DAVID GREENE, HOST:
So if you're freaking out because you think social media is running your life, I recommend that you do not listen to the next four minutes or so of radio. My colleague, social science correspondent Shankar Vedantam, is here to talk about the effects that social media has on our brains. Hi, Shankar.
SHANKAR VEDANTAM, BYLINE: Hi, David.
GREENE: Is this bad news you're about to give me?
VEDANTAM: You know, it depends on your point of view.
GREENE: All right.
VEDANTAM: Researchers took teenagers, stuck them in the brain scanner and observed them as they engaged with social media. Lauren Sherman - she's a researcher at UCLA - she told me that she and her colleagues wanted to analyze the effects that social media has on young minds. They had the intuition that, besides all the conversations that happen on social media, there was something about mediums like Twitter and Instagram that was qualitatively different than interactions in the physical world.
LAUREN SHERMAN: Suddenly, there are these interactions that have a little number on them, whether it's a like or a retweet or a favorite. And I was really curious how that quantifiable interaction was affecting the way that teens perceived information online.
GREENE: I see. So we're looking specifically at, like, likes and numbers of likes. And, I guess, how much do they matter?
VEDANTAM: Well, they matter a lot. Sherman and her colleagues, Ashley Payton, Leanna Hernandez, Patricia Greenfield and Mirella Dapretto, they scanned the brains of a few dozen adolescents as they watched what looked like an Instagram feed. The feed showed them photos that they had taken and photos supposedly taken by their friends. In reality, the other pictures were pictures the researchers had selected. Sherman and her colleagues found that when a photo had more likes, it generated greater activation in the reward centers of the brain. This was true of all photos, including photos the kids had taken themselves.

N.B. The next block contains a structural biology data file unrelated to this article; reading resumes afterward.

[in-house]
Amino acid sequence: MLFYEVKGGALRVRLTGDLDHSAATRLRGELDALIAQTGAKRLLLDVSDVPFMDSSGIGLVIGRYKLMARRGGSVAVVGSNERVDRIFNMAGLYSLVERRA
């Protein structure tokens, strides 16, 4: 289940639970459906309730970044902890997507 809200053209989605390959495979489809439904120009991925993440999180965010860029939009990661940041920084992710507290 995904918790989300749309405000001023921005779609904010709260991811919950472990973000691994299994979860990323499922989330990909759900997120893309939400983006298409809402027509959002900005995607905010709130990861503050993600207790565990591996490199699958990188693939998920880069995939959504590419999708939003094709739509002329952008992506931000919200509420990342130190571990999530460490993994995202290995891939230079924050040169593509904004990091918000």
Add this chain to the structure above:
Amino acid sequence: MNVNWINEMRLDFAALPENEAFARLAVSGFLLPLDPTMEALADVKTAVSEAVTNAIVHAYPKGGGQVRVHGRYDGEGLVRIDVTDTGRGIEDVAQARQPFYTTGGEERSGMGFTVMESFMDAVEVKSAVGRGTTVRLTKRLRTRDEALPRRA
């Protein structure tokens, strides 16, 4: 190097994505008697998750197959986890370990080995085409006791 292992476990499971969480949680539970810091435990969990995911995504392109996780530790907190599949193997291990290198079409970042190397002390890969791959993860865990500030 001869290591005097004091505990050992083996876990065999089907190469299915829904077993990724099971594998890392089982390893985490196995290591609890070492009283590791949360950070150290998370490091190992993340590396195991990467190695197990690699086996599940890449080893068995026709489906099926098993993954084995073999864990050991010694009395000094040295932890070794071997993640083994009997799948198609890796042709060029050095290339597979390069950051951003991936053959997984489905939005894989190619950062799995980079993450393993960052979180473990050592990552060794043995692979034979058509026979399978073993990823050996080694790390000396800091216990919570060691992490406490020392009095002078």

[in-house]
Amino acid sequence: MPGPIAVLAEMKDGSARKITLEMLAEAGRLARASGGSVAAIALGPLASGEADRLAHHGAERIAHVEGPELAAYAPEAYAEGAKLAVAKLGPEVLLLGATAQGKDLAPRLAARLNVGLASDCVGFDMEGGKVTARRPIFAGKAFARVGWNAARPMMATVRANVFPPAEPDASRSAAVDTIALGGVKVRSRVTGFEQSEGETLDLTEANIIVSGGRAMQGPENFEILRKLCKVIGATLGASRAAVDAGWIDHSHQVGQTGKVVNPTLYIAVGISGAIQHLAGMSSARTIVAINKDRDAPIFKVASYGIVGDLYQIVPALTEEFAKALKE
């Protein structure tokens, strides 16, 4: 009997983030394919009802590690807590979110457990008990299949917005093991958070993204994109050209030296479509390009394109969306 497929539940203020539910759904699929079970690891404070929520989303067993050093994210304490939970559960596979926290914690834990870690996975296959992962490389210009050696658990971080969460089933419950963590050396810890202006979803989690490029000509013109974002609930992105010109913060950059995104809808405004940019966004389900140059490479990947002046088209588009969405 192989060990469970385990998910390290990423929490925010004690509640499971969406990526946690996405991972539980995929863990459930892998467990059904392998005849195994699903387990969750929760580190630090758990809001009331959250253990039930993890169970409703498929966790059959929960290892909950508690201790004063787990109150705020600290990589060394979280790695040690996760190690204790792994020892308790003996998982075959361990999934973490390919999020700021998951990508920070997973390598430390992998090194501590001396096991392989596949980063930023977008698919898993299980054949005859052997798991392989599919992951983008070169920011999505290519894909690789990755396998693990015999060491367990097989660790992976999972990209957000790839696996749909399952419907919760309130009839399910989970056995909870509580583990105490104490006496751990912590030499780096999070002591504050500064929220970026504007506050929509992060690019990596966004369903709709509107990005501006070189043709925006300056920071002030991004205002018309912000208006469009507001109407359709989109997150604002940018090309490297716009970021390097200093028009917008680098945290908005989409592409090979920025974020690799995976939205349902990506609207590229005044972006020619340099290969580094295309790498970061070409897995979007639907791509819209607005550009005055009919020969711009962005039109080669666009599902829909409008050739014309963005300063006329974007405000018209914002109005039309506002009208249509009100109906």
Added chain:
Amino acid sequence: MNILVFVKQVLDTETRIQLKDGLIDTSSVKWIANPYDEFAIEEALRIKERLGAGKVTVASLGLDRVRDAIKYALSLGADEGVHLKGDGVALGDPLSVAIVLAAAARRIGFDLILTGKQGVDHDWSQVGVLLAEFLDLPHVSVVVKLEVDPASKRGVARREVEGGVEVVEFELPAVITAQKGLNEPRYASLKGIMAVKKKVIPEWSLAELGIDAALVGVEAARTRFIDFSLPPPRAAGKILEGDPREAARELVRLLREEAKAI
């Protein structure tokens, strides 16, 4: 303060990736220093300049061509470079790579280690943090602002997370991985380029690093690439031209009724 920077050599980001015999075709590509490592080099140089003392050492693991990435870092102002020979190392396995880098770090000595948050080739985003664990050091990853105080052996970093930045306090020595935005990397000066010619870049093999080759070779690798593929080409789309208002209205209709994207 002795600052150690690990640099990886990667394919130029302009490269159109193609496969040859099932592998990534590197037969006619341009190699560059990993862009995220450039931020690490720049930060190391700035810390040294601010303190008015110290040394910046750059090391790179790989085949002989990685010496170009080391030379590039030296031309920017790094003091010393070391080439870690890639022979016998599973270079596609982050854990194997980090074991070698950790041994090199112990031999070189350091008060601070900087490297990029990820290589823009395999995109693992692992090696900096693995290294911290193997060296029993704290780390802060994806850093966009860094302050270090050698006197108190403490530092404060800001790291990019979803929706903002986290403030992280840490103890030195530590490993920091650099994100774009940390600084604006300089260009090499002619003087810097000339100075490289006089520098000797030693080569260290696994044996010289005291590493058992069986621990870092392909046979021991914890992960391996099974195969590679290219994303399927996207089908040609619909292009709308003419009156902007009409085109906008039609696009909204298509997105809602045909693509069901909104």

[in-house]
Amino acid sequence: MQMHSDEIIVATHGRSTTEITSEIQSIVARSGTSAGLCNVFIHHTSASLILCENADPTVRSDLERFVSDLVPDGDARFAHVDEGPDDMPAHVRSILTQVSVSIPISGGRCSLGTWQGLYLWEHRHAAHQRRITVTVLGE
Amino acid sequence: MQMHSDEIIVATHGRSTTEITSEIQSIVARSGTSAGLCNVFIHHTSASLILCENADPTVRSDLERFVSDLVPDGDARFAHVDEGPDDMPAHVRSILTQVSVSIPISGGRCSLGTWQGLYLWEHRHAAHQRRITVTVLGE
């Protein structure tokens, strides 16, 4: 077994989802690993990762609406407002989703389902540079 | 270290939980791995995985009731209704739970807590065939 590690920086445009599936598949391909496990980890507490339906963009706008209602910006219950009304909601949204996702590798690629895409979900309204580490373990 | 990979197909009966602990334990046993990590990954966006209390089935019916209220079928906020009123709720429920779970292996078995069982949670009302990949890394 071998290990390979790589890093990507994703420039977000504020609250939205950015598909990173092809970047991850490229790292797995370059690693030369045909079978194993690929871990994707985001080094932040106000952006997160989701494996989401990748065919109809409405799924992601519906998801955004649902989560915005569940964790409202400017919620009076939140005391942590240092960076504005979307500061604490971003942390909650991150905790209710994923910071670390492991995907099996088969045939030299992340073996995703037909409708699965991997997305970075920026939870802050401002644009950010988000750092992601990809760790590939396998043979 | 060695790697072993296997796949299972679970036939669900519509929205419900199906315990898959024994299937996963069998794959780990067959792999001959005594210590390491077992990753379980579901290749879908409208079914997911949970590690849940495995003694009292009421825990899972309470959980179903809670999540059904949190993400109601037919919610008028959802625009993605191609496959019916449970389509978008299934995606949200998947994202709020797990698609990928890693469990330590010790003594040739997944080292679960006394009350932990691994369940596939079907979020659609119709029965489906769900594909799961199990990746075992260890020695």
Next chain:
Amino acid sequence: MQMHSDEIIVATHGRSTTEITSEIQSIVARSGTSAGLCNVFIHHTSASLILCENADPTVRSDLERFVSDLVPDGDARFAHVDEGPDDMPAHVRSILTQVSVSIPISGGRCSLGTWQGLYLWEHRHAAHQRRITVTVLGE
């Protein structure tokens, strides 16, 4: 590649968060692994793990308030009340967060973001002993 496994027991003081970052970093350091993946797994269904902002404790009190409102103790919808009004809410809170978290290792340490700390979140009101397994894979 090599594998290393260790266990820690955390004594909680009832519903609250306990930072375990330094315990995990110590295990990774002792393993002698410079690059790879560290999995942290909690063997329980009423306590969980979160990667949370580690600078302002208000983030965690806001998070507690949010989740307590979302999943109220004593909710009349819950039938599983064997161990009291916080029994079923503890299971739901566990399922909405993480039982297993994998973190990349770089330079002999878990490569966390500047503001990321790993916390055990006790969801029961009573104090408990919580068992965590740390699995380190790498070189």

SHERMAN: When teens saw their own pictures had received many likes, they showed a greater activation in an area of the brain called the nucleus accumbens. And this is an area that's part of the brain's reward circuitry.
GREENE: Reward circuitry - that's the part of the brain that's making you feel good about yourself.
GREENE: Is this that surprising? I mean, if you see a photo and one of your photos that you took has a lot of likes, you're feeling good about yourself, so that part of the brain would be active.
VEDANTAM: I think that is what you would intuitively expect to see, but the research also produced some really interesting nuances, David. Researchers manipulated the pictures supposedly taken by the friends of the teenagers so adolescents saw different pictures that were supposedly popular. So you might see a picture and see that it had 50 likes, and I might see the very same picture and see that it received only five likes. The brains of the teenagers responded very strongly to the pictures deemed popular, regardless of which pictures they were. In fact, the researchers asked the adolescents to themselves like photos that they admired. And they found that if a teen saw a picture with lots of likes, she tended to like it herself. If another teen saw the same picture with only a few likes, he tended not to like it himself.
GREENE: Oh, interesting. So it really can have a snowballing effect.
VEDANTAM: Exactly. And the remarkable thing is that this was also true of the photos that the teenagers had taken themselves. Rather than make up their own minds about which of their own pictures they liked, teens deferred to the opinions of their peers. So, you know, in some ways, this study is confirming what we've known - peer pressure matters a lot, especially when you're 14.
GREENE: And probably when you're older, too.
VEDANTAM: That's right.
GREENE: Shankar, thanks.
VEDANTAM: Thank you, David.
GREENE: That is Shankar Vedantam, who regularly comes on the program to talk about social science research. And he explores this topic and other ideas on his podcast, Hidden Brain. Transcript provided by NPR, Copyright NPR.